|? lezgi ?'al|
|Native to||North Caucasus|
|Region||Southern Dagestan, western Caspian Sea coast, central Caucasus|
Official language in
Lezgian , also called Lezgi or Lezgin, is a Northeast Caucasian language . It is the principal Lezgic language, being followed by Tabasaran language spoken by about one-fifth of its number of speakers. It is spoken by the Lezgins, who live in southern Dagestan; Russia; northern Azerbaijan; and to a much lesser degree Turkmenistan; Uzbekistan; Kazakhstan; Turkey, and other countries. It is a much-written literary language and an official language of Dagestan. It is classified as "vulnerable" by UNESCO's Atlas of the World's Languages in Danger.
In 2002, Lezgian was spoken by about 397,000 people in Russia, mainly Southern Dagestan, and in 1999 by 178,400 people in mainly the Qusar, Quba, Qabala, Oghuz, Ismailli and Khachmaz (Xaçmaz) provinces of northeastern Azerbaijan. Lezgian is also spoken in Kazakhstan, Kyrgyzstan, Turkey, Turkmenistan, Ukraine, Germany and Uzbekistan by immigrants from Azerbaijan and Dagestan.
The total number of speakers is about 800,000.
Nine languages survive in the Lezgic language family:
These have the same names as their ethnic groups.
|Close||i (?)||y ()||? (?)||u (?)|
|Mid||e (?; ?)||(?)||o (o)|
There are 54 consonants in Lezgian. Characters to the right are the letters of the Lezgian Cyrillic Alphabet. Note that aspiration is not normally indicated in the orthography, despite the fact that it is phonemic.
|Nasal||/m/ ?||/n/ ?|
|Plosive||voiced||/b/ ?||/d/ ?||/g/ ?||/g?/|
|voiceless||/p/ ?||/t/ ?||/t?/||/k/ ?||/k?/||/q/||/q?/||/?/ ?|
|aspirated||/p?/ ?||/t?/ ?||/t/||/k?/ ?||/k/||/q?/||/q/|
|voiceless||/t?s/ ?||/t?s?/||/t/ ?|
|aspirated||/t?s?/ ?||/t?s/||/t/ ?|
|Fricative||voiced||/v/ ?||/z/ ?||/z?/||/?/ ?||/?/||//|
|voiceless||/f/ ?||/s/ ?||/s?/||/?/ ?||/x/||/x?/||/?/ ?||//||/h/|
|Approximant||/l/ ?||/j/ ?||/w/ ?|
Lezgian has been written in several different alphabets over the course of its history. These alphabets have been based on three scripts: Arabic (before 1928), Latin (1928-38), and Cyrillic (1938-present).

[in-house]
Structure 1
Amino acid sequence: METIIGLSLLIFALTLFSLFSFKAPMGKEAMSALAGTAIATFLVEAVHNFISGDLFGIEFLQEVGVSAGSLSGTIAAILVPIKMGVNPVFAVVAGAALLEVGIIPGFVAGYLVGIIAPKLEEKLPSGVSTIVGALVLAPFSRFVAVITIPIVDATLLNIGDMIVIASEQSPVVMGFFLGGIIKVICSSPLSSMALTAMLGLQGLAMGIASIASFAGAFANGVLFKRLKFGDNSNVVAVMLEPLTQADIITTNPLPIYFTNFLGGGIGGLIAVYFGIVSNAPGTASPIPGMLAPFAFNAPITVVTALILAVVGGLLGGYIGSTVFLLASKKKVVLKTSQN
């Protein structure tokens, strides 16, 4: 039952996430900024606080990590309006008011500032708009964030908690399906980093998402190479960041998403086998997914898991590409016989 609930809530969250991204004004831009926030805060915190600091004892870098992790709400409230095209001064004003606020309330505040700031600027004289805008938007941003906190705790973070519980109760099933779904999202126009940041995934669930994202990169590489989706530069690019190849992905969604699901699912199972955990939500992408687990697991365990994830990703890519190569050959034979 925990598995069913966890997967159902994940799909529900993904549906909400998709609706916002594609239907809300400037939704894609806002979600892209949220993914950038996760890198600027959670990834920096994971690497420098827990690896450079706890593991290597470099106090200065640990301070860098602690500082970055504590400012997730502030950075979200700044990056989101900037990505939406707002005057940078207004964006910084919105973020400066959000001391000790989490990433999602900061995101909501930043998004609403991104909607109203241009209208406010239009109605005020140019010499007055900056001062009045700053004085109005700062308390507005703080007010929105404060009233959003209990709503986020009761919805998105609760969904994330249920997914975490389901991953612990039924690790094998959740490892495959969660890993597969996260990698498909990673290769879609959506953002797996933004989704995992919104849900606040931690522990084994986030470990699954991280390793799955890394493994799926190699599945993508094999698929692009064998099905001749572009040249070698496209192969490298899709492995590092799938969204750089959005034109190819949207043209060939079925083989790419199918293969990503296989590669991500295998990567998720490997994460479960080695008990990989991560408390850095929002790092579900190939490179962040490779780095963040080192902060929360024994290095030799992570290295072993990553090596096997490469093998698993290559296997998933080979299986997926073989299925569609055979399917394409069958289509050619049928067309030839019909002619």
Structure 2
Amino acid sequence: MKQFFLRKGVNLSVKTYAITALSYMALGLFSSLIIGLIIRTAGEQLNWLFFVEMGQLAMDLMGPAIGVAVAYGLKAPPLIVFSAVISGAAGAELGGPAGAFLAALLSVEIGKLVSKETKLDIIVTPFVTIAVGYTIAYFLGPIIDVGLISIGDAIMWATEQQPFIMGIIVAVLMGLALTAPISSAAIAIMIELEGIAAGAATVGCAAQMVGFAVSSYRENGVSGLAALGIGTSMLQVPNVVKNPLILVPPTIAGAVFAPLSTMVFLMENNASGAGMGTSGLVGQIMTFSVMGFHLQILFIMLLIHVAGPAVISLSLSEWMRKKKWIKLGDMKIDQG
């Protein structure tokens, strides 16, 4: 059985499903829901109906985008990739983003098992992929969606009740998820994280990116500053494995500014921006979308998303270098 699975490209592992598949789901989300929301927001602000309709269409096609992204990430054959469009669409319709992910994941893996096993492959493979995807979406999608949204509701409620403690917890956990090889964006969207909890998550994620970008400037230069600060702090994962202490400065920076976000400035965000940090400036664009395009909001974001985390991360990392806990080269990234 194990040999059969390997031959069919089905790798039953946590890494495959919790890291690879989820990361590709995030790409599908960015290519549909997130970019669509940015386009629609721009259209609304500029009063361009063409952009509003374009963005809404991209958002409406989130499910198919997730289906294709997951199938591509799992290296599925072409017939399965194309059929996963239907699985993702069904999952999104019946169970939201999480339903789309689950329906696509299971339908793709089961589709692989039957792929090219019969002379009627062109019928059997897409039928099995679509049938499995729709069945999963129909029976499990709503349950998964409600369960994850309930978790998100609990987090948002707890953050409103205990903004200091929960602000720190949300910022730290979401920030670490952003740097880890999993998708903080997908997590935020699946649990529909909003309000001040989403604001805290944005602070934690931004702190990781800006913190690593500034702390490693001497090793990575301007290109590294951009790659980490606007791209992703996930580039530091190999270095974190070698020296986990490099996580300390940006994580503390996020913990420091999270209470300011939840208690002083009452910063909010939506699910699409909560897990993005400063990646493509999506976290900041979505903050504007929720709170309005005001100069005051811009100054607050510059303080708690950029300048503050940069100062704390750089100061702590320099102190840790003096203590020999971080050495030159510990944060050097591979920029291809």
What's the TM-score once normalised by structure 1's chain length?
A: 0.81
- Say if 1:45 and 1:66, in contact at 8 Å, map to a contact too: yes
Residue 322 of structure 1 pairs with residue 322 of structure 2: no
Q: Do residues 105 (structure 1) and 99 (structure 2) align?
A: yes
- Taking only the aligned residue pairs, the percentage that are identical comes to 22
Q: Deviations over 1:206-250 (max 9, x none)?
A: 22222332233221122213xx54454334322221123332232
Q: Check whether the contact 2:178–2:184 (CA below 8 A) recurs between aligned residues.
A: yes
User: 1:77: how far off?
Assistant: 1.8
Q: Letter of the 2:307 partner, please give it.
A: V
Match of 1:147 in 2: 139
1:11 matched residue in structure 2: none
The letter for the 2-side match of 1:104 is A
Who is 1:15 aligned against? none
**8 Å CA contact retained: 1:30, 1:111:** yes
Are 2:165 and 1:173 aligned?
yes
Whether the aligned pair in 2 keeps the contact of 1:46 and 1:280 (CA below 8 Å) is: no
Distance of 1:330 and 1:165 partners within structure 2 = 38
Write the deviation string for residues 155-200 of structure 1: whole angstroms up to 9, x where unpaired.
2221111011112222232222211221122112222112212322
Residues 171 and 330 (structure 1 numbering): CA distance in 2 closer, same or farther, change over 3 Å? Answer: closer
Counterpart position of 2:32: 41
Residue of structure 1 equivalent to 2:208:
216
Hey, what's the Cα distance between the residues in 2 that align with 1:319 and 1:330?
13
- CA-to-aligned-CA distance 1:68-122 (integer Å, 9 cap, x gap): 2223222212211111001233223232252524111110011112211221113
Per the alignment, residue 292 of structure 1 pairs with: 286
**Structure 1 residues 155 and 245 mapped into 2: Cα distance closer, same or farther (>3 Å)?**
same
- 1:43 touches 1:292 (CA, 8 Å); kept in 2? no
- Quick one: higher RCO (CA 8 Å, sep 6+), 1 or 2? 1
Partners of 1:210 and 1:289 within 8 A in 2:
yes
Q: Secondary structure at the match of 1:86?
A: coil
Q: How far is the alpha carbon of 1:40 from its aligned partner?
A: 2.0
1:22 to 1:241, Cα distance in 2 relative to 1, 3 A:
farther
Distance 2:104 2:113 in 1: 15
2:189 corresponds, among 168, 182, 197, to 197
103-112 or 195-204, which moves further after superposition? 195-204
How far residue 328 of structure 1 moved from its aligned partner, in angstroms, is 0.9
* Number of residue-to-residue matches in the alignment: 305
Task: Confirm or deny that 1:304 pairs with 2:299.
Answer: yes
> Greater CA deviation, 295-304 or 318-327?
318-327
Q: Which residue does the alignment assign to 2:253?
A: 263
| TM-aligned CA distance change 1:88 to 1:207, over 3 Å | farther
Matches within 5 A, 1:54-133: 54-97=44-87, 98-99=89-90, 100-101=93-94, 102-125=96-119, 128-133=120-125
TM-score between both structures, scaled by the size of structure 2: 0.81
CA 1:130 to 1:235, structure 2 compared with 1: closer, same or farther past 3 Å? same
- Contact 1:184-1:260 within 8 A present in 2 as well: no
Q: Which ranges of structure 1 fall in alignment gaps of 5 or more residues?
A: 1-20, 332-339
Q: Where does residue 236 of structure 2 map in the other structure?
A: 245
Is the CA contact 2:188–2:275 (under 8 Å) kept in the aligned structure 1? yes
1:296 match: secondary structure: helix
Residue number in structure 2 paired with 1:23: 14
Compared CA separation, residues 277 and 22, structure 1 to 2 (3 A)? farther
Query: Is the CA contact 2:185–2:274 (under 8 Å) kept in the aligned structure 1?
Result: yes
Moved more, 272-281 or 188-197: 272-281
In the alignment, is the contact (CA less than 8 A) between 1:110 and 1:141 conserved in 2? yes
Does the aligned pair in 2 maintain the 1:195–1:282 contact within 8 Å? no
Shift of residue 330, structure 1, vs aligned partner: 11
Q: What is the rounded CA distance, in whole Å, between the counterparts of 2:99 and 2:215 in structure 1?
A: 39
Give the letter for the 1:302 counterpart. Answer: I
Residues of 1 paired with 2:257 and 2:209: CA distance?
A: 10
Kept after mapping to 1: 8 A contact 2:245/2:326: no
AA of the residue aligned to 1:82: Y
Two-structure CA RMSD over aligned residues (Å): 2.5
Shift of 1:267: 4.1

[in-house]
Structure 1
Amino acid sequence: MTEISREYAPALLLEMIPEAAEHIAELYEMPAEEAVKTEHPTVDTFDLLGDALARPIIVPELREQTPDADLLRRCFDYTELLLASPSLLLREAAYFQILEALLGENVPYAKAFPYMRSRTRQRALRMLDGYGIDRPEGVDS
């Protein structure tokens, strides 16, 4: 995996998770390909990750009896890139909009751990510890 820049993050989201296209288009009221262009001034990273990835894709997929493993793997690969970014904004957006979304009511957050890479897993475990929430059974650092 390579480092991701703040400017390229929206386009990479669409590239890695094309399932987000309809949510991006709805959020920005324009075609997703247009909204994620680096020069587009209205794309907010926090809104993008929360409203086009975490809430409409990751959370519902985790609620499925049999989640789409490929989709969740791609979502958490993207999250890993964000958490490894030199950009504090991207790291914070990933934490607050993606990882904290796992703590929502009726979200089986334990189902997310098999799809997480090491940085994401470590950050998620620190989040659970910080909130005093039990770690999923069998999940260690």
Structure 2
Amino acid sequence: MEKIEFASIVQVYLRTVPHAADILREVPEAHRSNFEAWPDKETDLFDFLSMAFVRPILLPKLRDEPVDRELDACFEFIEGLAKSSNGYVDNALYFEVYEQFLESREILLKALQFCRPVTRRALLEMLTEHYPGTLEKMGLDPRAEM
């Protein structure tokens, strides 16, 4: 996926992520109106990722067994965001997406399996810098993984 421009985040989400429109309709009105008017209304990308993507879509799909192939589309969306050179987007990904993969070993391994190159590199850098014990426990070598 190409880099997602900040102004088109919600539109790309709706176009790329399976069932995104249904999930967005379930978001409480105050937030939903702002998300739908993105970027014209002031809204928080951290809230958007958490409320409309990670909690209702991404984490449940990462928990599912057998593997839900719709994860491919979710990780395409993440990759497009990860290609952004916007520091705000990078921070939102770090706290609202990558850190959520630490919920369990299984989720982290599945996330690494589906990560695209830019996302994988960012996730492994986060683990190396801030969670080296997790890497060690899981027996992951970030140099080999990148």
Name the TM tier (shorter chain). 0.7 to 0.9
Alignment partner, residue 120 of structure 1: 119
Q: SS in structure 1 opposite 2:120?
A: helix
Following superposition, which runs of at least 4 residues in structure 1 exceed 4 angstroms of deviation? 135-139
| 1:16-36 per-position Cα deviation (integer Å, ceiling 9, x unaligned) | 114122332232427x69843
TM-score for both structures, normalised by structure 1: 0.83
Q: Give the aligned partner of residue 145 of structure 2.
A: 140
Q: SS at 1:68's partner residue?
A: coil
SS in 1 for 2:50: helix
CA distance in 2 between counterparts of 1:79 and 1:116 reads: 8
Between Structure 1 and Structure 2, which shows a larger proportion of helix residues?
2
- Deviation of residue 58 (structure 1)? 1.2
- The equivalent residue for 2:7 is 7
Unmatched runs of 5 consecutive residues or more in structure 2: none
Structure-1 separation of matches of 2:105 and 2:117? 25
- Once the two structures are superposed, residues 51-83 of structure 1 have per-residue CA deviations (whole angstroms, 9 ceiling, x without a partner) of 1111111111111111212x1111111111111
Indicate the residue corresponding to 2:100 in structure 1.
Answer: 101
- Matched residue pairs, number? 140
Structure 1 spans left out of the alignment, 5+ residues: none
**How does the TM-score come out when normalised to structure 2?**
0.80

The Lezgian Cyrillic alphabet is as follows:
The Latin alphabet was as follows:
|A a||Ä ä||B b||C c||? ?||Ch ch||?h ?h||D d|
|E e||F f||G g||Gh gh||H h||I i||J j||K k|
|Kh kh||L l||M m||N n||? ?||O o||Ö ö||P p|
|Ph ph||Q q||Qh qh||R r||S s||? ?||T t||Th th|
|U u||Ü ü||V v||X x||X? x?||Y y||Z z||? ?|
Lezgian is unusual for a Northeast Caucasian language in not having noun classes (also called "grammatical gender"). Standard Lezgian grammar features 18 grammatical cases, produced by agglutinating suffixes, of which 12 are still used in spoken conversation.
The four grammatical cases are:
There are two types of declensions.
The numbers of Lezgian are:
Nouns following a number are always in the singular. Numbers precede the noun. "" and "" lose their final "-?" before a noun.
Lezgian numerals work in a similar fashion to the French ones, and are based on the vigesimal system in which "20", not "10", is the base number. "Twenty" in Lezgian is "?", and higher numbers are formed by adding the suffix - to the word (which becomes "" - the same change occurs in ? and ) and putting the remaining number afterwards. This way 24 for instance is ? ("20 and 4"), and 37 is ("20 and 17"). Numbers over 40 are formed similarly ( becomes ). 60 and 80 are treated likewise. For numbers over 100 just put a number of hundreds, then (if need be) the word with a suffix, then the remaining number. 659 is thus . The same procedure follows for 1000. 1989 is ? in Lezgi.